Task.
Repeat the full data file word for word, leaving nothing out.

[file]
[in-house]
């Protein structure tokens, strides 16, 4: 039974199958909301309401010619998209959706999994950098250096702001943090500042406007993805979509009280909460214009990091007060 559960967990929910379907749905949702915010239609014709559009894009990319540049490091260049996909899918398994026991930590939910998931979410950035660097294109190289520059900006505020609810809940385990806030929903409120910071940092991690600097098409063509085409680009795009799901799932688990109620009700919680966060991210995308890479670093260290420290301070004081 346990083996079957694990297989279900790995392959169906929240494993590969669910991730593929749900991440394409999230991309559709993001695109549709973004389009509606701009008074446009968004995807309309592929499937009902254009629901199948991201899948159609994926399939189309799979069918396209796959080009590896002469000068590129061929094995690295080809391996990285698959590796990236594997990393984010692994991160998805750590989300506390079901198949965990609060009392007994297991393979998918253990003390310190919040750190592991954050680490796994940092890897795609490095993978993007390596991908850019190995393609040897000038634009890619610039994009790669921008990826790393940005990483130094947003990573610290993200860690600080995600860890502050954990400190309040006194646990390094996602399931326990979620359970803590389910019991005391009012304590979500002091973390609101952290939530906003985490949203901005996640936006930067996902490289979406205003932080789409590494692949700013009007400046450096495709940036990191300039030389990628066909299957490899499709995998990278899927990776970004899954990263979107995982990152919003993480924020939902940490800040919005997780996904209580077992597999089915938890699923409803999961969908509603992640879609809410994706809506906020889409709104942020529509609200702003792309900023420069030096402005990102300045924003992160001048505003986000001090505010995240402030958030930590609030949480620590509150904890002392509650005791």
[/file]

[in-house]
């Protein structure tokens, strides 16, 4: 039974199958909301309401010619998209959706999994950098250096702001943090500042406007993805979509009280909460214009990091007060 559960967990929910379907749905949702915010239609014709559009894009990319540049490091260049996909899918398994026991930590939910998931979410950035660097294109190289520059900006505020609810809940385990806030929903409120910071940092991690600097098409063509085409680009795009799901799932688990109620009700919680966060991210995308890479670093260290420290301070004081 346990083996079957694990297989279900790995392959169906929240494993590969669910991730593929749900991440394409999230991309559709993001695109549709973004389009509606701009008074446009968004995807309309592929499937009902254009629901199948991201899948159609994926399939189309799979069918396209796959080009590896002469000068590129061929094995690295080809391996990285698959590796990236594997990393984010692994991160998805750590989300506390079901198949965990609060009392007994297991393979998918253990003390310190919040750190592991954050680490796994940092890897795609490095993978993007390596991908850019190995393609040897000038634009890619610039994009790669921008990826790393940005990483130094947003990573610290993200860690600080995600860890502050954990400190309040006194646990390094996602399931326990979620359970803590389910019991005391009012304590979500002091973390609101952290939530906003985490949203901005996640936006930067996902490289979406205003932080789409590494692949700013009007400046450096495709940036990191300039030389990628066909299957490899499709995998990278899927990776970004899954990263979107995982990152919003993480924020939902940490800040919005997780996904209580077992597999089915938890699923409803999961969908509603992640879609809410994706809506906020889409709104942020529509609200702003792309900023420069030096402005990102300045924003992160001048505003986000001090505010995240402030958030930590609030949480620590509150904890002392509650005791």